Yet the rich culture and vibrant history of Boyle Heights hasn't protected its people from the powers that be -- planning and policymakers haven't exactly given this neighborhood the opportunity it deserves to survive and thrive. In the 1960s, five freeways were built surrounding and dissecting the community. These freeways impact the Boyle Heights community far more than other places in Los Angeles. Dividing people. Separating places. Creating toxic environments. In addition to the freeways, an unfortunate period of political divestment, redlining, and upward mobility of certain residents resulted in a place and a group of people that have been left with few tangible resources. Some businesses have steered clear of investing in the neighborhood.
Food swamp, food desert, call it what you will. Either way, the food landscape in Boyle Heights has a lot to do with the health disparities that exist. Within the 6.52 square mile border of Boyle Heights, only four full service grocery markets exist. Meanwhile, data from the Los Angeles County Department of Public Health lists over 167 liquor stores, corner stores, and convenience stores. Not considering local or small scale fast food establishments (of which there are many), there are still over 48 McDonald's, Burger King, Subway, Jack in the Box, and other major fast food chains in the neighborhood. When you add all of the local fast food establishments, the number jumps to over 200. That's a whole lot of burgers and Flamin' Hot Cheetos, and not so many apples. That's where Public Matters, Community Liaisons, Proyecto MercadoFRESCO, and Market Makeovers come in.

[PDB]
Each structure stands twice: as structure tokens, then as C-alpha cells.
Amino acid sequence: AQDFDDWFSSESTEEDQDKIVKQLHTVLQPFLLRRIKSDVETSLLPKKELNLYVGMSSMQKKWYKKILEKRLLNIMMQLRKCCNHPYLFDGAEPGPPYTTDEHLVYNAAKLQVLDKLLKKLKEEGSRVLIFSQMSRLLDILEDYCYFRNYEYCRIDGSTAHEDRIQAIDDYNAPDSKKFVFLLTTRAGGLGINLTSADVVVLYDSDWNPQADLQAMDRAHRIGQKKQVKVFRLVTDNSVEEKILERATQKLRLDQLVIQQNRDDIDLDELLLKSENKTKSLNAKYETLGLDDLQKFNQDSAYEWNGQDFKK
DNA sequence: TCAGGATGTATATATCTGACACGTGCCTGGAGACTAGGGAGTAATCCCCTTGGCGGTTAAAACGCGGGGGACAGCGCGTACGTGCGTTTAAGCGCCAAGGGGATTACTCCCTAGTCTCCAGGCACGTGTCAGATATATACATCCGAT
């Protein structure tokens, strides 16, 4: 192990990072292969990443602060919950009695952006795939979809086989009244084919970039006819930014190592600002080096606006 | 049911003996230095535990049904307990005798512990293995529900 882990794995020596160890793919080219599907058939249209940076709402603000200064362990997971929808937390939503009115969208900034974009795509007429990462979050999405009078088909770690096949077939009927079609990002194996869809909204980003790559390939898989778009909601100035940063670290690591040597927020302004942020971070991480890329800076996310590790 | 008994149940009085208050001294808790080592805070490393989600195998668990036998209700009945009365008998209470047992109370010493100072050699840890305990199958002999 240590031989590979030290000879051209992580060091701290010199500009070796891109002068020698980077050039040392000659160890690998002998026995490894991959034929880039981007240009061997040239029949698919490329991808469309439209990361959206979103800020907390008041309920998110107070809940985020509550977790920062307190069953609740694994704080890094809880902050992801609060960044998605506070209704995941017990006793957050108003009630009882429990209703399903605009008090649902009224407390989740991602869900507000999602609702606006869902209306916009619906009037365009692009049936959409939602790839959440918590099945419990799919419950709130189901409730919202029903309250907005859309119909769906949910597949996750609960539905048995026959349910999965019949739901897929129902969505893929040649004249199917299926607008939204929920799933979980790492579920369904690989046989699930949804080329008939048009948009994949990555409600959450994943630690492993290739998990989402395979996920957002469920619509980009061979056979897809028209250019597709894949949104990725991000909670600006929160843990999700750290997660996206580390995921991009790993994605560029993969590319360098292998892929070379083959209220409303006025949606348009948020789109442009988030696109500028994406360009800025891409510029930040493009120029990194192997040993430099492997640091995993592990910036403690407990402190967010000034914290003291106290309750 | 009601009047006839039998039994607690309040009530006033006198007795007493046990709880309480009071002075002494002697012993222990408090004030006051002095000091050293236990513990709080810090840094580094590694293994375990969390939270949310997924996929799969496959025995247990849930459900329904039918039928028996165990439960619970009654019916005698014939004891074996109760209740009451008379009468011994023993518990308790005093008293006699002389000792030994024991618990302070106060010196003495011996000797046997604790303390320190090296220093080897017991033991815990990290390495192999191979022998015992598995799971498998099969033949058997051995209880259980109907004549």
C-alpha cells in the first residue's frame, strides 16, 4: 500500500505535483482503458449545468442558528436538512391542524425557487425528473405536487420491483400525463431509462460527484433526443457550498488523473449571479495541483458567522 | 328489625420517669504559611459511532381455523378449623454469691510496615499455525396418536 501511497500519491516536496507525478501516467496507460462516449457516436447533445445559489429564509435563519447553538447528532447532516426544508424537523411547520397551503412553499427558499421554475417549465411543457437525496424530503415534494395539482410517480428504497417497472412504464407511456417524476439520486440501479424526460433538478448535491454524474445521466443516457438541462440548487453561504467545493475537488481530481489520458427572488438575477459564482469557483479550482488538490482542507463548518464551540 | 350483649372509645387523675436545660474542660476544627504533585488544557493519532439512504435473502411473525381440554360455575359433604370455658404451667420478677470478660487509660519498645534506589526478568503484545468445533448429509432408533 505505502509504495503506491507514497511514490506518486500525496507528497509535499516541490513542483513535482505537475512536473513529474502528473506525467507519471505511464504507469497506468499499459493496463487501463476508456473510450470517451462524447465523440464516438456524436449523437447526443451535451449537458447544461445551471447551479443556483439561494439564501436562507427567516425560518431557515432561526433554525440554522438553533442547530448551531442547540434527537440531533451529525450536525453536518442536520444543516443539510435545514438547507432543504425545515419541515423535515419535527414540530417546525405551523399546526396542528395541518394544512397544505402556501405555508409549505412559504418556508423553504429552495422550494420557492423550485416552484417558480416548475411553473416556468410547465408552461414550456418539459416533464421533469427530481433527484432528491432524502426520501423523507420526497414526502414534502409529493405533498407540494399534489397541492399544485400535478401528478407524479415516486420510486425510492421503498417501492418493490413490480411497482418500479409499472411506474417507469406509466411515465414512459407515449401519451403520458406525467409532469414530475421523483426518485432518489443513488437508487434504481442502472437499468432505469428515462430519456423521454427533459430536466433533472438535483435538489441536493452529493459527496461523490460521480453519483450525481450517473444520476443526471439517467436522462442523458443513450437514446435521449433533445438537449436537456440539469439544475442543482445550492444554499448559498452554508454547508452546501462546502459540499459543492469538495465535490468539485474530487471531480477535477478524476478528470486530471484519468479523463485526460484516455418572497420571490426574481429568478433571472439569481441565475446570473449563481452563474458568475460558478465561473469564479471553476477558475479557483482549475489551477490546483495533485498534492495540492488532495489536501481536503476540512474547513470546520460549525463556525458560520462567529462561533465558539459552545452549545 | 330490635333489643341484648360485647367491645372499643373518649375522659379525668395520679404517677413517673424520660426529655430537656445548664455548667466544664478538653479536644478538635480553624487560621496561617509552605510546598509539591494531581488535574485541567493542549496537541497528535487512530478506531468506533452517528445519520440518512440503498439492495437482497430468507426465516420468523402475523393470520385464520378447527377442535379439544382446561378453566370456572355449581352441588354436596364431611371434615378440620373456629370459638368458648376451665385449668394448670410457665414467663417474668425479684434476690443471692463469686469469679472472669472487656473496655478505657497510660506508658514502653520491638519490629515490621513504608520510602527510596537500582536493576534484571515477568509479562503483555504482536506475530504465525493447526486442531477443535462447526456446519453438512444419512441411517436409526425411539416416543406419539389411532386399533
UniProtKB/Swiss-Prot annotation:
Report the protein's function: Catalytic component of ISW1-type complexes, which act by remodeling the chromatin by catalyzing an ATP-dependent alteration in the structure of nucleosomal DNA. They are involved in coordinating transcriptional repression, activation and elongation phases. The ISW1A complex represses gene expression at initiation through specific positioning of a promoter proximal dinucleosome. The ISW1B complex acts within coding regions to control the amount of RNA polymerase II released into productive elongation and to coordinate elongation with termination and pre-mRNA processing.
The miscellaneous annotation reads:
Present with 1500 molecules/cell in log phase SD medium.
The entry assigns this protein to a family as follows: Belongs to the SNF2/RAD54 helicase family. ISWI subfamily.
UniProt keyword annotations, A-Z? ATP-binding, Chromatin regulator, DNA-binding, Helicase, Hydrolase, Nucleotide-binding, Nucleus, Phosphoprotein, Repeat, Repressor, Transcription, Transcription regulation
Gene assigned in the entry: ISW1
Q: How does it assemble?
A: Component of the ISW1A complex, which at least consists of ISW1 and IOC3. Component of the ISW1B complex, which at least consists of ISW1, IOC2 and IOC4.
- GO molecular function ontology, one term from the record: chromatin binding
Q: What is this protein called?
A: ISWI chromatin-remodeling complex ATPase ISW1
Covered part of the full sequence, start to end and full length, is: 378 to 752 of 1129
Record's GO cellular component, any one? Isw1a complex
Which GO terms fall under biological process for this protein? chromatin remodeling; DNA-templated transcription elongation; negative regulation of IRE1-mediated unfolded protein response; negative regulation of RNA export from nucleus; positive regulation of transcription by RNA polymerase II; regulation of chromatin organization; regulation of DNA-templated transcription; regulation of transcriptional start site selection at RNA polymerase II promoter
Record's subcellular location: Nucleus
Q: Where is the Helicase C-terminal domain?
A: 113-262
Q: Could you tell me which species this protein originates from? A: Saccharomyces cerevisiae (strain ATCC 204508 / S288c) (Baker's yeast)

Through the UCLA-USC Center for Population Health and Health Disparities (CPHHD), Proyecto MercadoFRESCO is part of a multi-pronged approach to improving the health outcomes in East Los Angeles and Boyle Heights, specifically targeting the reduction of cardiovascular disease. Two stores have already gone through the Market Makeover process in East Los Angeles -- Yash la Casa Market at Hammel and Hazard, and Ramirez Meat Market at Folsom and Rowan. We have now begun the Market Makeover process with two stores in Boyle Heights -- Sociedad Market at Whitter and Mott, and Euclid Market at Euclid and 6th.
Sociedad and Euclid Markets are typical of the 167 liquor, corner, and convenience stores filled with unhealthy products. They're also plastered with problematic messaging inside and out. Sociedad is located on a busy intersection in a commercial corridor. There are schools and employers nearby, yet it is impossible to go into the market and buy a healthy snack. Water costs more than beer. Euclid Market is located on a quieter street, a much larger market with a meat counter and a scattering of produce. The produce is poorly maintained, often overly ripe if not outright rotten. Full-service grocers may not be interested in coming to Boyle Heights, but an alternative exists. So where do we go from here? Stay tuned to learn how Public Matters and the Community Liaisons are Greening the Food Desert of Boyle Heights.
Top Image: Boyle Heights storefront.How can anyone be expected to focus on healthy eating when every which way you turn there are unhealthy products and ads?